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  #1  
Old 04-24-2005, 12:47 AM
Singer123 Singer123 is offline
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What should I do?

Hi everyone!
I am new to GC. So, I rushed last fall at a small college with only four Panhel groups. I was cut right before prefs. But, getting cut actually turned out to be for the best because I have since found out who I am and am more secure with myself. Since the Fall, I have served on student senate (currently on exec board), the student newspaper, and on several university committees. I am actively involved with Alpha Phi Omega (a service fraternity) and Sigma Alpha Iota (a music fraternity). We have a historic house, so SAI has been great. But, I still want to try social rush in the Fall. What should I be doing to have the best chance for success? This summer I am taking extra classes and doing a campus research assistantship as well as volunteering at a local hospital. To pay for school expenses I work in Admissions, manage an orchestra, and am a leadership coordinator. I am a double music and history major (3.9 GPA last semester) and am looking at potential minors. I am also pre-med. My goal is to go on to a joint J.D./M.D./Ph.D. program and go into healthcare ethics while integrating advanced music study into my program. I feel like I have developed significantly since the Fall. I now have career goals, leadership experience, solid academics, community service experiences, and have met lots of new people. But, what else can I do?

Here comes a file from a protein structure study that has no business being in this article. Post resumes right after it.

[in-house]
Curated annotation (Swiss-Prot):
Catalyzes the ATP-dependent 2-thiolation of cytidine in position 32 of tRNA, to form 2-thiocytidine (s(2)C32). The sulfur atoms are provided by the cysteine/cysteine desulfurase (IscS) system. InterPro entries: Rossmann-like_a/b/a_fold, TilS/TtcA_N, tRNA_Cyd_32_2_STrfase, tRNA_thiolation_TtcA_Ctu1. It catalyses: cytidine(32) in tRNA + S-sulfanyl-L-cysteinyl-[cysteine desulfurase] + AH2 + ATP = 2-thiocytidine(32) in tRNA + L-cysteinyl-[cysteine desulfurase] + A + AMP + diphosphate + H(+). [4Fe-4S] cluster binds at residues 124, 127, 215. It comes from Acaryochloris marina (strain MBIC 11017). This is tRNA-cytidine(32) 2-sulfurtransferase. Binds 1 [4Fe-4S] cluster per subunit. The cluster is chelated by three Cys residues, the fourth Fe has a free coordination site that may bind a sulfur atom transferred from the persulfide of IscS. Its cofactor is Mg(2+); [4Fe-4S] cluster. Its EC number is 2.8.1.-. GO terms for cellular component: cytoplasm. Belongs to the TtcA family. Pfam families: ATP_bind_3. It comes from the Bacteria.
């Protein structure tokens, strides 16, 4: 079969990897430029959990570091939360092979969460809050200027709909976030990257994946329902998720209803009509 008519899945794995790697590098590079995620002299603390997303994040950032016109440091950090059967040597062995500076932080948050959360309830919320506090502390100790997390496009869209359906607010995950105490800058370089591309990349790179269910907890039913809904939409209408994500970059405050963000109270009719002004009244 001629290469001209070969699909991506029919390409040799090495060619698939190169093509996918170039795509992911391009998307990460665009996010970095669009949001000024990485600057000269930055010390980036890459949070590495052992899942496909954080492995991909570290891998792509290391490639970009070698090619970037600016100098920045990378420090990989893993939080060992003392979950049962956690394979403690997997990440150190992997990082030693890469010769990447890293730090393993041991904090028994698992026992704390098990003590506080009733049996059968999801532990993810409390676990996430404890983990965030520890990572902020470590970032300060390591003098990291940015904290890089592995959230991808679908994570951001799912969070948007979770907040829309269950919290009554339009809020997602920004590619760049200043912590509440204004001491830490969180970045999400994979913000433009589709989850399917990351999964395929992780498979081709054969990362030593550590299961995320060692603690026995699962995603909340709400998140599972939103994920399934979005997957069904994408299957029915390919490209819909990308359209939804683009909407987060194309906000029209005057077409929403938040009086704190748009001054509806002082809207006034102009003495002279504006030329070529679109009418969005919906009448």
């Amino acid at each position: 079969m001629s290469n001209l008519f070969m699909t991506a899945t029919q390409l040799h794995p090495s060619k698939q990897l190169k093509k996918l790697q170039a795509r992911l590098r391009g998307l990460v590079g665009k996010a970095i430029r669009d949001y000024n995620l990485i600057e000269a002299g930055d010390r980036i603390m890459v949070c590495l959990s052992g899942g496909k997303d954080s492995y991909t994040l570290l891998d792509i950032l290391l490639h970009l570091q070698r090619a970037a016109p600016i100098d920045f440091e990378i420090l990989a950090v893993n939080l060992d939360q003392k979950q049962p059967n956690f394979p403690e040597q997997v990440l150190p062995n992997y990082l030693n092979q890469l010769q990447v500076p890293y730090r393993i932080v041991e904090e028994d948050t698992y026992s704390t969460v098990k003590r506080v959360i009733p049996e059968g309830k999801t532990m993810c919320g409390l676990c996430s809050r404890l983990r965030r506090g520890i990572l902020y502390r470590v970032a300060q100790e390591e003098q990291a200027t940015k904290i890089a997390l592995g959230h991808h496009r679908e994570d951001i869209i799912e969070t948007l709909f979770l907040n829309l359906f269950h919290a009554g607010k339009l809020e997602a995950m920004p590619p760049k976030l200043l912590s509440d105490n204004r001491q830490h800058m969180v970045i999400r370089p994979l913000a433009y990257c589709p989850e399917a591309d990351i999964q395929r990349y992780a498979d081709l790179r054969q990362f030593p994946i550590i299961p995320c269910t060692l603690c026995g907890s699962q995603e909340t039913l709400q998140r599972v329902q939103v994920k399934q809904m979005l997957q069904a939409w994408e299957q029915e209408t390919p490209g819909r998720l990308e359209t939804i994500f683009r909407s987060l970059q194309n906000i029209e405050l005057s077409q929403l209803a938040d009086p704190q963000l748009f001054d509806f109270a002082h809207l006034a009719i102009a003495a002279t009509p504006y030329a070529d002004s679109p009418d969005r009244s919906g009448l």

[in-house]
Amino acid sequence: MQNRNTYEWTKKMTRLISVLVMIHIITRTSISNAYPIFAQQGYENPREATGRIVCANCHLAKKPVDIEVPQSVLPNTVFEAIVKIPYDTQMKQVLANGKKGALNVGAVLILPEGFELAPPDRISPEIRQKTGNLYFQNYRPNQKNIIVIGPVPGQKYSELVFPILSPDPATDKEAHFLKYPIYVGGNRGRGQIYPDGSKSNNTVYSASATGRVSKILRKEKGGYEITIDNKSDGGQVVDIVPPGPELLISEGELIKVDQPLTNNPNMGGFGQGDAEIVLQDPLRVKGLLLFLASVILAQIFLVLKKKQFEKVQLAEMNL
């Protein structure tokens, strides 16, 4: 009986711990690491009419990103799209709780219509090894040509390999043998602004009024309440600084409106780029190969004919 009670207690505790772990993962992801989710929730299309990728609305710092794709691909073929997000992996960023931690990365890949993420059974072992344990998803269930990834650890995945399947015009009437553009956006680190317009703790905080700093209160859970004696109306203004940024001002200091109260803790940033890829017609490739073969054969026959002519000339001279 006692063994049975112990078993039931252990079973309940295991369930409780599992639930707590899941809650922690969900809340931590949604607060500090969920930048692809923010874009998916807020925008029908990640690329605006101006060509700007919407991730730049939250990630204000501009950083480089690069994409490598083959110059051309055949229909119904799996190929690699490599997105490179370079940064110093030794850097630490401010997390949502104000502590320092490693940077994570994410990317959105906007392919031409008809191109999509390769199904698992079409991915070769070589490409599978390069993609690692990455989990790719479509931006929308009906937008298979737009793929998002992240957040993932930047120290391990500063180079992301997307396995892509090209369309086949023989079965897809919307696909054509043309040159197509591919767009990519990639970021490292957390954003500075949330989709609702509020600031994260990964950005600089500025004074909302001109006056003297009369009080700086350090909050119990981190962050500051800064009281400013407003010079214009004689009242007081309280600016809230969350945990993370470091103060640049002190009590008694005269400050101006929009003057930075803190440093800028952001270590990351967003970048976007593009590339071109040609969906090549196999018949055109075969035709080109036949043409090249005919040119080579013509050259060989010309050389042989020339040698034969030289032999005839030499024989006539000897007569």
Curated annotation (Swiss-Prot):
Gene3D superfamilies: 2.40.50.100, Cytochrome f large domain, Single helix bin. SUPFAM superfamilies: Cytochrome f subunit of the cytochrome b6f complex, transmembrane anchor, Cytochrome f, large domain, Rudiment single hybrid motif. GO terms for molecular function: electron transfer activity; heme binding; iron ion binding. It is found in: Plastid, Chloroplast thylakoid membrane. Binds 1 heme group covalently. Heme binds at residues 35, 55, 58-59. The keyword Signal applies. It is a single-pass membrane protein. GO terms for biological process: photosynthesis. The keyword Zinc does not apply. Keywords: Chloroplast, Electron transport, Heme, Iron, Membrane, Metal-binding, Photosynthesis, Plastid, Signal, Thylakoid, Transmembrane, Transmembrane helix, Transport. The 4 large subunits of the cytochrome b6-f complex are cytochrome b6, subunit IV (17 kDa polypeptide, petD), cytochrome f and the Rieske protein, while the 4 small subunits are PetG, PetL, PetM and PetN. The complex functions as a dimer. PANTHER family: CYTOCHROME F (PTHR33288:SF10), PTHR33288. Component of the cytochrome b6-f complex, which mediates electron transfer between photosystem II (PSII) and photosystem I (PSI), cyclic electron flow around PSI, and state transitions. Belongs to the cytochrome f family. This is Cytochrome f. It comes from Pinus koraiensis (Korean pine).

Thanks!
Singer 123
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  #2  
Old 04-24-2005, 01:03 AM
nauadpi nauadpi is offline
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My one suggestion would be to try to get to know some of the sisters before you go through recruitment... Try talking to them in your classes and other activities... it will help you in the fall if they really get to know you and not just who you are... My only other thought is to have fun...
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  #3